Cute looks, good space, cheap to run, delightfully unsporty
Everyone else has moved on in the last 10 years
What is it?
This is the Fiat Panda, but you shouldn’t need any introduction because it’s been on sale forever. Fiat just doesn’t like launching new cars… or it doesn’t have any money to develop new cars. Delete as appropriate. But if people (particularly Italians) are still buying the car in large numbers more than a decade after it went on sale, why stop?
Fiat shifted over 110,000 Pandas in Italy in 2021, making it the country’s best-selling car… ahead of the 500, and the Lancia Ypsilon. All of which are based on the same platform.
But it’s not mere patriotism with the Panda – head to the Alpine reaches of northern Italy and every third car will be a Panda with 4x4 capabilities. If those folks are willing to endorse the little city car, then who are we to argue?
Seriously though, how is it still going?
Actually, in these days of low emissions and eco awareness it’s a good question. The Fiat Panda is, as we’ve established, an absolute stalwart in the Fiat range, alongside the 500 revival that was launched in 2007 and still going strong alongside the electric replacement that is yet to deal a death blow to sales.
Fiat announced in early 2022 that it would be electrifying its entire range from the summer, which briefly threatened to spell an end to the Panda and its old-fashioned ways, but then it turned out that the small print included the car’s 48V mildest of hybrid set-ups. Panic over. Just the one engine available now, though – the 69bhp 1.0-litre 3cyl unit has vanquished the 0.8-litre 2cyl TwinAir and the 1.3-litre diesel options.
Like the 500, the Panda’s replacement is set to be electric only, but the old car will remain on sale alongside for a few years yet. Just to ensure that the company can wring all the remaining cash it can out of the little thing.
So what are the Panda options?
There’s just the one semi-skimmed two-wheel drive option available, and if you want to keep it super simple then the entry-level City Life model is the one to go for at just over £14k. Then there are a couple of flavours of the more rugged Panda Cross, ranging from the £15.5k City Cross up to the £17.5k Garmin range-topper that comes with a smartwatch, bizarrely enough, but is kitted out with all the 4x4 gubbins you could need to skip about the countryside. Or the mountains of north Italy.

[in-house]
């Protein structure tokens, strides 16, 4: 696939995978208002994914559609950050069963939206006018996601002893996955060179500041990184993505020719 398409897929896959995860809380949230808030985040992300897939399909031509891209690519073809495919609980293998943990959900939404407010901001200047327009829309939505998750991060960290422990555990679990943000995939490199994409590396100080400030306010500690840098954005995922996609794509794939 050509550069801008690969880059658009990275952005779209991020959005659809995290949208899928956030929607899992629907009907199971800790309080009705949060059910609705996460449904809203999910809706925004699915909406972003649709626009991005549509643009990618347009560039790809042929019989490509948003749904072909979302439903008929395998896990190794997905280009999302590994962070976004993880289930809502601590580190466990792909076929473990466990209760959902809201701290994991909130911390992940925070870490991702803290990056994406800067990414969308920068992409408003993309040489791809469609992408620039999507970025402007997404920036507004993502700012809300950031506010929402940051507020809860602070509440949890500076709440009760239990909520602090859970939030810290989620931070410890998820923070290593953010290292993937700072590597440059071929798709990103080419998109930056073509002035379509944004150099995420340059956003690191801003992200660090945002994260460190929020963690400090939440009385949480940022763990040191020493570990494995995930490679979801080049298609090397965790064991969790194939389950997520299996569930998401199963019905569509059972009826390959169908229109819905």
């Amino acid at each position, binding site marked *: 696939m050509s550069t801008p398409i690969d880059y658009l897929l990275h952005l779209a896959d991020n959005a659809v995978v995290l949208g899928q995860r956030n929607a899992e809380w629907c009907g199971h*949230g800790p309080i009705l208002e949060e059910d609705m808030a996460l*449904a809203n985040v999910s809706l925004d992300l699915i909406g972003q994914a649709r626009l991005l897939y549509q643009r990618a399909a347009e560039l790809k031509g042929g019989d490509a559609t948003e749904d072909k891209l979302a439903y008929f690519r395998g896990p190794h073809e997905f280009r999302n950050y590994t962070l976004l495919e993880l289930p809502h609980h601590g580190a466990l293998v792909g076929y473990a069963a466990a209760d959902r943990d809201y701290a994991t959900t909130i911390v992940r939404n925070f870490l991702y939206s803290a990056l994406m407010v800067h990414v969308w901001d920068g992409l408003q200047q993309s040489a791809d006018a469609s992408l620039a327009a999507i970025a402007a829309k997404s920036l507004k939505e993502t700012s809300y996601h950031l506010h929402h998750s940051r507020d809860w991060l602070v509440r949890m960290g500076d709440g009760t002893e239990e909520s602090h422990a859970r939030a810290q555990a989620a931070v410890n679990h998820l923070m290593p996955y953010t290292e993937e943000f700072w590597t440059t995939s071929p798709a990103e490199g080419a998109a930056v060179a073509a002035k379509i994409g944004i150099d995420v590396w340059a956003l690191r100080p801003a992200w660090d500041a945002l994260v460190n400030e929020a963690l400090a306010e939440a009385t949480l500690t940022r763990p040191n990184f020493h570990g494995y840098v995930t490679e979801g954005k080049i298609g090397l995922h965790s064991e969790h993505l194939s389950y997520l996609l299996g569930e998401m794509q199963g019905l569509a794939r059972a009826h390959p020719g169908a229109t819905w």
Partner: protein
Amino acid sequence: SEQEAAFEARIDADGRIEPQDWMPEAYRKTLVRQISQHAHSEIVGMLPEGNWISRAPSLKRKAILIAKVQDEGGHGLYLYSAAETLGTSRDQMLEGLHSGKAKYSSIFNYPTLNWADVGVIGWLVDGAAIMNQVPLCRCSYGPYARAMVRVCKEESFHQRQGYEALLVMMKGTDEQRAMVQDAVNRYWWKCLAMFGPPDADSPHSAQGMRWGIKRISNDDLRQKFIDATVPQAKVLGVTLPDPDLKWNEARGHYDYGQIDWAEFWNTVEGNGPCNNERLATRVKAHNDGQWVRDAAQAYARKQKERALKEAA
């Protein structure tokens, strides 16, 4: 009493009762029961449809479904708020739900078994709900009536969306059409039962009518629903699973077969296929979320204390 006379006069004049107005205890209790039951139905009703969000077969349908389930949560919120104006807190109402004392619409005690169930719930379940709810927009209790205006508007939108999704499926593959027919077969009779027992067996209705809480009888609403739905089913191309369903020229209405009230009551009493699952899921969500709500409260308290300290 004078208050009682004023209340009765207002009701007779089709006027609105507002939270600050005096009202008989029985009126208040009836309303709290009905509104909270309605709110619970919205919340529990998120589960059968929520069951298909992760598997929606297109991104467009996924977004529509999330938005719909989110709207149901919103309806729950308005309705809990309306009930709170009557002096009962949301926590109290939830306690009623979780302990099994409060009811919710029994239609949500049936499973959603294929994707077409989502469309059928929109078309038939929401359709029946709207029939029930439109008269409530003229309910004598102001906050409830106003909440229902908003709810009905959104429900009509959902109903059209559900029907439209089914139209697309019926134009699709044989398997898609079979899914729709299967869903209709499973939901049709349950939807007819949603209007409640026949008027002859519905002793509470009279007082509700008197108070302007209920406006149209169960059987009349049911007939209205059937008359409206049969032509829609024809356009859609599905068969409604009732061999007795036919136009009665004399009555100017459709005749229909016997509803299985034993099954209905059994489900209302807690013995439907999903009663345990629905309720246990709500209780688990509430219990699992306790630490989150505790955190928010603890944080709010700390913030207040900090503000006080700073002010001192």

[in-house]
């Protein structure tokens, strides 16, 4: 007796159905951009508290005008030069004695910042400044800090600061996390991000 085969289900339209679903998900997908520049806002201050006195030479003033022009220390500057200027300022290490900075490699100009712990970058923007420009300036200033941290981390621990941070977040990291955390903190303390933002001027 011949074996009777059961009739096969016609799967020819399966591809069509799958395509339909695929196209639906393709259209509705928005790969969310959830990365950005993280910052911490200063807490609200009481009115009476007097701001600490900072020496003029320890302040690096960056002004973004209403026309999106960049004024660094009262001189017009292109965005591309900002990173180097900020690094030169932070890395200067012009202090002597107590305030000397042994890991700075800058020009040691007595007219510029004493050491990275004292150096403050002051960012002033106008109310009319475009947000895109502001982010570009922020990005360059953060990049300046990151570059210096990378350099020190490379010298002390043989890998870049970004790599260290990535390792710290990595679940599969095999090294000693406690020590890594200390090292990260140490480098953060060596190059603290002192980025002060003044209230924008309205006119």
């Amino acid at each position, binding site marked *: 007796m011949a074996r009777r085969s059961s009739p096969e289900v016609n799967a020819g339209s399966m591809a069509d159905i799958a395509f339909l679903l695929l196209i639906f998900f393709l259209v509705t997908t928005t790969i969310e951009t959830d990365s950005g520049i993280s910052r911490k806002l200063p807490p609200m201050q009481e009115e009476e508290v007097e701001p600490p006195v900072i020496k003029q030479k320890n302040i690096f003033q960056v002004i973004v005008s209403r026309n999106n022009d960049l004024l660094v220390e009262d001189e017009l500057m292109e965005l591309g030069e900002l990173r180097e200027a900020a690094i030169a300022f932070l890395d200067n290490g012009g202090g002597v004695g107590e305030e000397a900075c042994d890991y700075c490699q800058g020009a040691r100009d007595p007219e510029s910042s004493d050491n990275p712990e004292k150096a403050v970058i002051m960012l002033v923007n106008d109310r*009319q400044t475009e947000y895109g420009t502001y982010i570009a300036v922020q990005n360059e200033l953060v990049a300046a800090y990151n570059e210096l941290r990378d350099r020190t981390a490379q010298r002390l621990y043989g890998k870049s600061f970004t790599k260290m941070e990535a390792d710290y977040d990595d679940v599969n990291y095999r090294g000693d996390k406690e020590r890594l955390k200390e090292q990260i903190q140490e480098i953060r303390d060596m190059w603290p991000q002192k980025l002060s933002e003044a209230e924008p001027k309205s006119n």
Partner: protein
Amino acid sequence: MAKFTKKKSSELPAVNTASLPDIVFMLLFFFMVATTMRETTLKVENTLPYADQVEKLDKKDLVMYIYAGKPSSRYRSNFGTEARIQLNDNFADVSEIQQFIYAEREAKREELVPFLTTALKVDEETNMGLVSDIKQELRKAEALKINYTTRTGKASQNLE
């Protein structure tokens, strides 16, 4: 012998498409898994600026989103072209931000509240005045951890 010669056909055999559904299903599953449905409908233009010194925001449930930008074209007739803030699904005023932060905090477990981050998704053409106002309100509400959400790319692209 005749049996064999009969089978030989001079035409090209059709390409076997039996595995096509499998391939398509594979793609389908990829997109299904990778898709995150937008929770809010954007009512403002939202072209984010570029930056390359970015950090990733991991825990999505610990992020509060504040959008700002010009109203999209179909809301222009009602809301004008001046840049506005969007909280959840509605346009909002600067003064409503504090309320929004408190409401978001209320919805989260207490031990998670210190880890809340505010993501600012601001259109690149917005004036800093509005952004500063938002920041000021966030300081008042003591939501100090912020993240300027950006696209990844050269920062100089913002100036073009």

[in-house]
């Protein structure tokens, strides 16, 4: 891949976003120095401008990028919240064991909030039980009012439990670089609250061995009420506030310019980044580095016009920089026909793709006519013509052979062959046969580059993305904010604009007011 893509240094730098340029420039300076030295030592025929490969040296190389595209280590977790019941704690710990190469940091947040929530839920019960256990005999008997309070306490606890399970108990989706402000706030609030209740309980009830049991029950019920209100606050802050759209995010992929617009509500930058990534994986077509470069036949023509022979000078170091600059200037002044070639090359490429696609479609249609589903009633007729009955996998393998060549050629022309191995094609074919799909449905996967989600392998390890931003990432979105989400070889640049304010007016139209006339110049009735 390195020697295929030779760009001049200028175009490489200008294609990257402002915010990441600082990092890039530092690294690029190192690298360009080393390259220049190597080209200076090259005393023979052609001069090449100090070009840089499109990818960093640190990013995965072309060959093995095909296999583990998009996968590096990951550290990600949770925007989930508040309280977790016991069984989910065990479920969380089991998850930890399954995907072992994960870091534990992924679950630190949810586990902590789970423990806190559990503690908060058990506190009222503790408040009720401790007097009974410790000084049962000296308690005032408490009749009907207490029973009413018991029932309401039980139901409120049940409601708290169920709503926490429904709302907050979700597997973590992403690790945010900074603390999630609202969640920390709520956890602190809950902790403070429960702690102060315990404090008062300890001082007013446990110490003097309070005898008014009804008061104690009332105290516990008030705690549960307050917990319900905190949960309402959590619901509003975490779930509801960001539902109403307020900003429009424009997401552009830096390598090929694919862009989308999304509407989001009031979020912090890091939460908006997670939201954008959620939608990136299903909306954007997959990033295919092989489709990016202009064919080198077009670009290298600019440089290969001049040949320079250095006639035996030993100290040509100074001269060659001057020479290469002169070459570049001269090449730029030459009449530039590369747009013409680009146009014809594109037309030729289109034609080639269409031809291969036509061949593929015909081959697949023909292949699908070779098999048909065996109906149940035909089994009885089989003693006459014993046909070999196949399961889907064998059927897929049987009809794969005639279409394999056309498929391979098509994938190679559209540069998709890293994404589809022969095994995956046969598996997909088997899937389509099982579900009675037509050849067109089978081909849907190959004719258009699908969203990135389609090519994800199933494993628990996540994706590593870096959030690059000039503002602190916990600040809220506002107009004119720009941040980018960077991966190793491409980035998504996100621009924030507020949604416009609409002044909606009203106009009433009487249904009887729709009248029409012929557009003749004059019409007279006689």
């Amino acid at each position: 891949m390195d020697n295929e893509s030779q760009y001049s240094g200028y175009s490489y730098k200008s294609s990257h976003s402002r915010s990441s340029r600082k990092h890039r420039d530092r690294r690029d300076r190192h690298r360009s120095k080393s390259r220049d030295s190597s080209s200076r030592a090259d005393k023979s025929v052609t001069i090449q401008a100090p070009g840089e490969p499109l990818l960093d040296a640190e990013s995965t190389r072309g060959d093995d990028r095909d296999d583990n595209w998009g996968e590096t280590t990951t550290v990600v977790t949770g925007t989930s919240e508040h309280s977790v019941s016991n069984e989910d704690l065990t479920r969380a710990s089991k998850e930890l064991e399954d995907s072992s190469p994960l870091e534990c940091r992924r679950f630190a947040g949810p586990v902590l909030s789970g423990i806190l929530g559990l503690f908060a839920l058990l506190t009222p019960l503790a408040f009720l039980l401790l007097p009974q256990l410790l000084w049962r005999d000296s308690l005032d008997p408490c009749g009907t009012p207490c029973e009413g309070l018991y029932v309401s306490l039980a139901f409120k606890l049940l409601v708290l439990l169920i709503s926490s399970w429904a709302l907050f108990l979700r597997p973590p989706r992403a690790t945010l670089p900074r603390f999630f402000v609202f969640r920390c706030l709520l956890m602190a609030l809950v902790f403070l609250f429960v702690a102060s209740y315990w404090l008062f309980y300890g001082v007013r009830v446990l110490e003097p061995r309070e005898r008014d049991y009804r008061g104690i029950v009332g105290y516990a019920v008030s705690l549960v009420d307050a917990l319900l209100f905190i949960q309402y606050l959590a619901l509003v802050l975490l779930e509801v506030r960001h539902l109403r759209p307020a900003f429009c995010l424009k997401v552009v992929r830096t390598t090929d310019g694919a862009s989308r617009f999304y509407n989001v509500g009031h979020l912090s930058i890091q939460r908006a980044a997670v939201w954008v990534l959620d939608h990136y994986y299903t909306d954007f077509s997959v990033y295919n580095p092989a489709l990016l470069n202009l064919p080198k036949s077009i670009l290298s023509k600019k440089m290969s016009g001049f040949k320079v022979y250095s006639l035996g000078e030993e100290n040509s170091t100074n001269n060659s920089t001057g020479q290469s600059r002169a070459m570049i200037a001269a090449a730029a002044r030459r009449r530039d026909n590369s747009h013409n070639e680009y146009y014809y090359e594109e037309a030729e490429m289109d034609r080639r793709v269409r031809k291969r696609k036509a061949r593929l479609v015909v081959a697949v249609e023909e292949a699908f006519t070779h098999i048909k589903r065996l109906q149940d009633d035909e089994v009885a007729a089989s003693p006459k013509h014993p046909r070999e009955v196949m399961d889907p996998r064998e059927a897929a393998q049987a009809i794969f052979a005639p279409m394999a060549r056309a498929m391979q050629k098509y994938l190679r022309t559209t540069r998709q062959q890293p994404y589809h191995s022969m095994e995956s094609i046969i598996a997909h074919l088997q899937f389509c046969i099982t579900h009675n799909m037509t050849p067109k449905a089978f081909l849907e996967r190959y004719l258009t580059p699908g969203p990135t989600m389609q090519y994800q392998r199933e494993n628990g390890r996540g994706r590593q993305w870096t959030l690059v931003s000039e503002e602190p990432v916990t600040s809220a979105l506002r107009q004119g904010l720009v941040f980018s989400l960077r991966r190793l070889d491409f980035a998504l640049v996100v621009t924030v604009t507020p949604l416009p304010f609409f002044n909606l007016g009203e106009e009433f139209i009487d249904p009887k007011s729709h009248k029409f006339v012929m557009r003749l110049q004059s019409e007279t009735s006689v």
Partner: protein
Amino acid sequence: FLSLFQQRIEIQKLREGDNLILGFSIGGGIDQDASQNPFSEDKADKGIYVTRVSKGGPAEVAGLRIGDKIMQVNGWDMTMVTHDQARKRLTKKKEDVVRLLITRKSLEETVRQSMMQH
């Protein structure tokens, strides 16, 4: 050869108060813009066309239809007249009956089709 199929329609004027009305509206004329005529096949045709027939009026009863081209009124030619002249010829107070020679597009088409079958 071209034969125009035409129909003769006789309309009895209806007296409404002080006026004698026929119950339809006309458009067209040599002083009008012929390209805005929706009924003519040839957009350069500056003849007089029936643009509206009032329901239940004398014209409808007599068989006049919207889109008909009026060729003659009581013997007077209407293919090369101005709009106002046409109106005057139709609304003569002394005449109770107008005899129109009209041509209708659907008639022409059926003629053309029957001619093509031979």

But is it actually a good car?
There’s so much choice in this city car segment – although it’s getting increasingly small as the economics of making tiny cars get harder to justify – that you can take your pick of what you want your little pony to focus on.
You want a sophisticated small car? Get a Volkswagen Up. Like your long warranties? Go for a Hyundai i10 or a Kia Picanto. Want a tiny SUV for the city? There’s the Toyota Aygo X. The likes of the Suzuki Ignis and Smart’s electric-only Fortwo offer niche alternatives should the others disappoint, while the larger Dacia Sandero competes on budget.
But the Panda is a great all-rounder among this competition – it’s great fun to drive around town, offers a decent amount of space and is endearingly cheap rather than painfully so.
Our choice from the range
What's the verdict?
We like the Panda a lot, and it’s criminally overlooked among the few city cars you've got left to choose from. It’s honest, cheerful and mostly free of the lifestyle flannel that plagues every car on sale. Just don’t fall for any of the hybrid nonsense: this is resolutely a petrol-driven car, and it’ll be among the last ones you’ll be able to buy.
The one virtue of the 48V mild hybrid set-up is that it takes a certain edge off in urban driving, without any of the extra weight and complication of useless technology. The Panda keeps on message and can do the business off-road in 4x4 guise too. But as much as we have a soft spot for it, in many ways the game has long since moved on.